If your teeth are sensitive very soon after getting fillings, this is to be expected.

That’s because this naturally sensitive area of the mouth was manipulated by the dentist.

Some post-procedure soreness or sensitivity is quite normal.

However, what if this problem persists for days after the procedure?

What’s causing this?

“Fillings today are more commonly tooth colored and not the metal fillings that were traditionally placed years ago,” says Donald R. Tanenbaum, DDS, MPH, a board certified TMJ and orofacial pain specialist, and author of “Doctor, Why Does My Face Still Ache.”

Dr. Tanenbaum explains, “In the placement process of tooth colored (resin) fillings, there are a number of steps that may cause transient sensitivity.

“This can include the chemical agents that allow for bonding (adhesion) of the resin to the tooth, the drying of the tooth before the filling is placed, and the trauma to the tooth that occurs when cutting the preparation.

“These factors can produce short-term sensitivity of a couple of days and are commonplace.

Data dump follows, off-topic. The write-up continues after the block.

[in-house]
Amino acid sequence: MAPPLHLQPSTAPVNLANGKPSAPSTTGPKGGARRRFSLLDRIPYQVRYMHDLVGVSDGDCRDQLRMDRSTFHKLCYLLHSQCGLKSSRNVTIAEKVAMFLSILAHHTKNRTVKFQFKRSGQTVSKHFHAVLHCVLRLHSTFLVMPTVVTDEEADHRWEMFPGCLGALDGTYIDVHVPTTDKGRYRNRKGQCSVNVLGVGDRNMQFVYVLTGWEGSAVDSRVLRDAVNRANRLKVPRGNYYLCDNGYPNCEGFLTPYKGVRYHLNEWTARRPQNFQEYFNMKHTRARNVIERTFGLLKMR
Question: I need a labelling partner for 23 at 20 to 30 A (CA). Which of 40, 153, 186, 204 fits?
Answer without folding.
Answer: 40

“Also, a filling that is left a bit high can produce some sensitivity, especially when exposed to cold fluids. This will resolve when the filling is adjusted.”

In the meantime, eat soft foods and avoid cold foods, as well as foods that are typically very hot like soup, rice and the cheese on pizza.

Dr. Tanenbaum’s practice focuses on facial pain, TMJ disorder and sleep-related breathing disorders. He is the past president of the American Academy of Orofacial Pain and takes a multidisciplinary approach to his patients’ care.
Lorra Garrick has been covering medical, fitness and cybersecurity topics for many years, having written thousands of articles for print magazines and websites, including as a ghostwriter. She’s also a former ACE-certified personal trainer.  


Top image: Freepik.com, wayhomestudio